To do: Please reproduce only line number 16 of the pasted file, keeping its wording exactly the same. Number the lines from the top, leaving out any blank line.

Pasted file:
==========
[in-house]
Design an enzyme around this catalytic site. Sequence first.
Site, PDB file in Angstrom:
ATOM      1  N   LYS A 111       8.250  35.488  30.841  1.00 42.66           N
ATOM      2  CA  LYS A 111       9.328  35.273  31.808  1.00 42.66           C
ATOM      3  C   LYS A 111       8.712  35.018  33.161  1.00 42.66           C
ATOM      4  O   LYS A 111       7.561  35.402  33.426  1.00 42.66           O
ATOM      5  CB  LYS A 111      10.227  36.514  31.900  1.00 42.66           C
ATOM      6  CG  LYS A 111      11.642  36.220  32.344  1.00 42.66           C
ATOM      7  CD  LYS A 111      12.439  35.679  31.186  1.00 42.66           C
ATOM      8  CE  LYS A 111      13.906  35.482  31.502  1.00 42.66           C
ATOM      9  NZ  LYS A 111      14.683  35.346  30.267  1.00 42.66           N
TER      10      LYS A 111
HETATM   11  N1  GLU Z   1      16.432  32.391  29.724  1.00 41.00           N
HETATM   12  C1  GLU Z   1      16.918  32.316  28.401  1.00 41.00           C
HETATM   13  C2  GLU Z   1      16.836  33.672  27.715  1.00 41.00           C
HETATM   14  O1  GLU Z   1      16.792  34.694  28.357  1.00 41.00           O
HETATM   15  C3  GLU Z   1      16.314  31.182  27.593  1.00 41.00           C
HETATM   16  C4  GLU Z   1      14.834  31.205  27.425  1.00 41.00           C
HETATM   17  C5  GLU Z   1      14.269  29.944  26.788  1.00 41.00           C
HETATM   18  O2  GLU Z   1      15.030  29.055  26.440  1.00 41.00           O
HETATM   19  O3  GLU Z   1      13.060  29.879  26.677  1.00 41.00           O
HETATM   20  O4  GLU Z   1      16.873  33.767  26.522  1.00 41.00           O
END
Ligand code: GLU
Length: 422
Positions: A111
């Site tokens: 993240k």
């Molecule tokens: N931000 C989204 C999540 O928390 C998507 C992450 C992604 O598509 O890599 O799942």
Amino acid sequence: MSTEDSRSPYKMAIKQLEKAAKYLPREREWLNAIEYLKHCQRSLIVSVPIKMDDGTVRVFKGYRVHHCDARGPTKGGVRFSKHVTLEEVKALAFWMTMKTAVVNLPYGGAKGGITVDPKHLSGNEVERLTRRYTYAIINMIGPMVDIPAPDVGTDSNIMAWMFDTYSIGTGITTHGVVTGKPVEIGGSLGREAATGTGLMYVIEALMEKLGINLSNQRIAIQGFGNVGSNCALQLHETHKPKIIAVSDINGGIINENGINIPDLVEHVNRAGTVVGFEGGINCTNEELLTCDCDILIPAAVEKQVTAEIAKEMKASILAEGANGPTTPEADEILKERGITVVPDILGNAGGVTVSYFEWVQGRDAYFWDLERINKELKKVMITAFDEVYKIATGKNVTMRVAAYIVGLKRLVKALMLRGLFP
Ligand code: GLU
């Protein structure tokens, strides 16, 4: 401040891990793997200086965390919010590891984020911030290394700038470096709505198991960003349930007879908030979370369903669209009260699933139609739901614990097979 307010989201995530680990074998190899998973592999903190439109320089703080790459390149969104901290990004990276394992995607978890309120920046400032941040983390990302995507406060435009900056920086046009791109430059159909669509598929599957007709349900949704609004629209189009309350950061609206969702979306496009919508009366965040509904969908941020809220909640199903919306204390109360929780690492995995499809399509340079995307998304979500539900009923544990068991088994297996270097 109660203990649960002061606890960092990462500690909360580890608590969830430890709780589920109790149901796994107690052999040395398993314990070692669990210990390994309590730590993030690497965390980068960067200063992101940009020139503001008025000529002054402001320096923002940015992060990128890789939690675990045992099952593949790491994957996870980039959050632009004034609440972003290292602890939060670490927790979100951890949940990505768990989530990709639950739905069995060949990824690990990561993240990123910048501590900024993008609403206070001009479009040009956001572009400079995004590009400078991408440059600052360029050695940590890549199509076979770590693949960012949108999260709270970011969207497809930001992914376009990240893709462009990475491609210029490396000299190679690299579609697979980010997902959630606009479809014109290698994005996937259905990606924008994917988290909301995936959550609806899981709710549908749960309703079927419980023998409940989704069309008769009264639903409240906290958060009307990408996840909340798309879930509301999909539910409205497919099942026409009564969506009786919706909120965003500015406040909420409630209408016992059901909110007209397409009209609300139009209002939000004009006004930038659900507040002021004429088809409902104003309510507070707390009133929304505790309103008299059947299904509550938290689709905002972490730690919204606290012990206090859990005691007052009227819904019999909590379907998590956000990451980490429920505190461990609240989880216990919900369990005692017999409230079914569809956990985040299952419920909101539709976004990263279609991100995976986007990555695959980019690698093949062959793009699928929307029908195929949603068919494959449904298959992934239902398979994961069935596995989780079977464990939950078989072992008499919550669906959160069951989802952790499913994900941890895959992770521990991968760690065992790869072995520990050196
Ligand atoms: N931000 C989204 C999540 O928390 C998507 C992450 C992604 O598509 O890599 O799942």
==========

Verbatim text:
HETATM   13  C2  GLU Z   1      16.836  33.672  27.715  1.00 41.00           C